Young peregrine shot in Devon

Devon & Cornwall Police are appealing for information after a peregrine was found shot in Ipplepen, south Devon, in August.

The young bird (hatched this year from a coastal site in Devon) was found with an injured wing on 23 August 2016. An x-ray revealed an air rifle pellet had caused fractures and the bird is currently in the care of a wildlife rehabilitator. Whether it recovers sufficiently to be released back to the wild remains to be seen.



This incident is now subject to a police investigation and Devon and Cornwall’s Police Wildlife Crime Officer Josh Marshall is appealing to anyone who can help to contact them with information that will assist in locating the offenders.

He said: ‘These types of investigation are incredibly hard to investigate as very often there are no witnesses or lines of enquiry. It is clear that someone in the local community will hold the key to what has taken place.

This Peregrine Falcon will have been shot by someone having a clear motive to destroy this rare bird of prey. The community in this area need to be aware of this incident and every effort should be made to bring the offender to justice.

Within the community of Ipplepen are extremely privileged to have such magnificent birds on doorstep. I am calling on those residents to stand up, come forward and report to me any concerns or suspicions they have around those that may be responsible for such an act.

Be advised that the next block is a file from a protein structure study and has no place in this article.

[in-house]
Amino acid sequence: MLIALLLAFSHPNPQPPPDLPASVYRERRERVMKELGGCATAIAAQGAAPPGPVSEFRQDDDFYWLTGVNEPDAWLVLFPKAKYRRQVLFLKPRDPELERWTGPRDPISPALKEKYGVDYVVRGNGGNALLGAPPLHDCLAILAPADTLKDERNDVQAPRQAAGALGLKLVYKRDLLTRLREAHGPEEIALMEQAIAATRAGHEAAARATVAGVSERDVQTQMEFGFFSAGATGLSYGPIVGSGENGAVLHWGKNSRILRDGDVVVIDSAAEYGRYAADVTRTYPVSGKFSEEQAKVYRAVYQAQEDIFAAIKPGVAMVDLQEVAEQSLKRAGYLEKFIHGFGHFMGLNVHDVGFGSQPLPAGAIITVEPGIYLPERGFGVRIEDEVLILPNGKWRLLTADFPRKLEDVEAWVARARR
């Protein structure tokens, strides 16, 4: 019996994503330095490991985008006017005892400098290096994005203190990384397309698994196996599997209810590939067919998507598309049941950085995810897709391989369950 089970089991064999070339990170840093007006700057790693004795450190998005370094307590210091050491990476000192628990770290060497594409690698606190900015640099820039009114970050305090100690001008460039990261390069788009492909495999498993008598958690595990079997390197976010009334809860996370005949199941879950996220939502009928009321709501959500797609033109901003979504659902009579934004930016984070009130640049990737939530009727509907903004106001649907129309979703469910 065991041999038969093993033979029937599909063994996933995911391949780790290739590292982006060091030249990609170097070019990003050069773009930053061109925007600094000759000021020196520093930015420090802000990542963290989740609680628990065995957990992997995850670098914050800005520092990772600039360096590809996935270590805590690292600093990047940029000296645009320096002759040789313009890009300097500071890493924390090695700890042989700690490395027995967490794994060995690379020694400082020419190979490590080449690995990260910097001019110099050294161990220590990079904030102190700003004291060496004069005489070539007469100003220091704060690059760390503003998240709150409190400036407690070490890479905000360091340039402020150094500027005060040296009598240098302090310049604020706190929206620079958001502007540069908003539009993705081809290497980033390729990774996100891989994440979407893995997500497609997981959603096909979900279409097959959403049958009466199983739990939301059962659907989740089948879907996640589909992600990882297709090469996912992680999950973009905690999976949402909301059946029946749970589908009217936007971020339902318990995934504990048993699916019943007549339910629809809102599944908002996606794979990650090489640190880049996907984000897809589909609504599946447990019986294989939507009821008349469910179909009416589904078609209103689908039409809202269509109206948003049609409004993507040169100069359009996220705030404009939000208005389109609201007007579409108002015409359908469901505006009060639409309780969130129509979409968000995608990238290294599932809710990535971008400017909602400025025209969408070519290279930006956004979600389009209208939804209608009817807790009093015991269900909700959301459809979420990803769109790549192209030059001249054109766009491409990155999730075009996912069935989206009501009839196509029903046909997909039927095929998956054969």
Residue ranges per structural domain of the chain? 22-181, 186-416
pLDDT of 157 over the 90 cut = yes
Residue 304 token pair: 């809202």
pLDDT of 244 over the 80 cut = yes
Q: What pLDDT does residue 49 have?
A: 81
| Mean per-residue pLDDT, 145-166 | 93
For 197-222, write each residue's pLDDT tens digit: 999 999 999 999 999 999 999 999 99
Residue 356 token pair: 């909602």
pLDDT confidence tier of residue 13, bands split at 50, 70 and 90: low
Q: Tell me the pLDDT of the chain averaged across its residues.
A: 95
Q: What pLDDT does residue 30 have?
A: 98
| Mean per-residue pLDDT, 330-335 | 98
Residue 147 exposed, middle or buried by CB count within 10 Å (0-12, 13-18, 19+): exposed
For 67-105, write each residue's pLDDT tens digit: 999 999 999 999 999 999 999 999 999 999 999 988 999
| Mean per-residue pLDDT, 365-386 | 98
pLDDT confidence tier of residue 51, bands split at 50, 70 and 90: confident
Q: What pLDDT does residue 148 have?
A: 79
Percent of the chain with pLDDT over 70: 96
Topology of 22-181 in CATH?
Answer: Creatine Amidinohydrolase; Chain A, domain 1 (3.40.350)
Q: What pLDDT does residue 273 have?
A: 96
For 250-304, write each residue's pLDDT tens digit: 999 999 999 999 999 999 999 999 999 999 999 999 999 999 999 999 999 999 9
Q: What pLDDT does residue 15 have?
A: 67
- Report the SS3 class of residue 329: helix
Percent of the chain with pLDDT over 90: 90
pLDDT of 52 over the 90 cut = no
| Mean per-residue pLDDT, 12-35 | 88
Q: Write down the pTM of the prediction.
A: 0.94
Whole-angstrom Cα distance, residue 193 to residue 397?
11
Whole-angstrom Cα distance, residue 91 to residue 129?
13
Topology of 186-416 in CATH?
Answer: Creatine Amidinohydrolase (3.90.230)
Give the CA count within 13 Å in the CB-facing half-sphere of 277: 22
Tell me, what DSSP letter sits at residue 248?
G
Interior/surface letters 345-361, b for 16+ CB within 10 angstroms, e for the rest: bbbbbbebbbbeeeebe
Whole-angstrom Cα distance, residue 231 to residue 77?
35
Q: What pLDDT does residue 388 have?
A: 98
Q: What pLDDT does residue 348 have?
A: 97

The RSPB is offering a reward of £1000 for information leading to a conviction.

Tony Whitehead, speaking for the RSPB in the south west said: “We know that Devon has long been a bird of prey persecution black spot and the area where these birds were found has seen five such incidents over the past 25 years alone. We need to stop this.

Whatever drives a person to do this, it’s important to understand that killing birds of prey is not only barbaric, it is also against the law. This makes the perpetrators, however they seek to justify their behaviour, no more than common criminals and we’d expect them to be treated as such.

The incident at Ipplepen follows a long history of persecution within the local area. Nowhere else in Devon do birds of prey suffer as they do in the Teignbridge area”.

Confirmed poisoning incidents within the Teignbridge area over the last 25 years

1992 Two Peregrine Falcons located dead along with poisoned bait

2000 Peregrine Falcon located dead, poisoned

2005 Peregrine Falcon and poisoned bait found

2005 Live pigeon covered in poison left as bait for Peregrine Falcons

2011 Peregrine Falcon – poisoned

If you have any information that can help the police with their investigations of this crime, please contact 101@dc.police.uk or call 101, quoting reference CR/069253/16

Information can also be passed on anonymously via Crimestoppers on 0800 555 111.



15 Responses to “Young peregrine shot in Devon”

  1. 1 rabarnett
    September 30, 2016 at 7:46 pm

    Is there a moor where grouse are shot in the vicinity ?

  2. 2 Doug Malpus
    September 30, 2016 at 8:02 pm

    Most likely a pheasant killing zone!

    • 3 Thomas David Dick
      October 1, 2016 at 8:27 pm

      I believe there is a long “tradition” of raptor killing by pigeon fanciers in Devon….you wont get many gamekeepers using an air rifle…

  3. 4 mike
    September 30, 2016 at 8:05 pm

    I can sympathise that the shooting of birds of prey must be incredibly difficult to investigate.

    I have looked and see that it can be done.
    Sspca in Scotland have managed it.


    Surely another example of why they should be given additional powers………

  4. September 30, 2016 at 8:44 pm

    Hope it makes a full recovery and returns to the wild OK.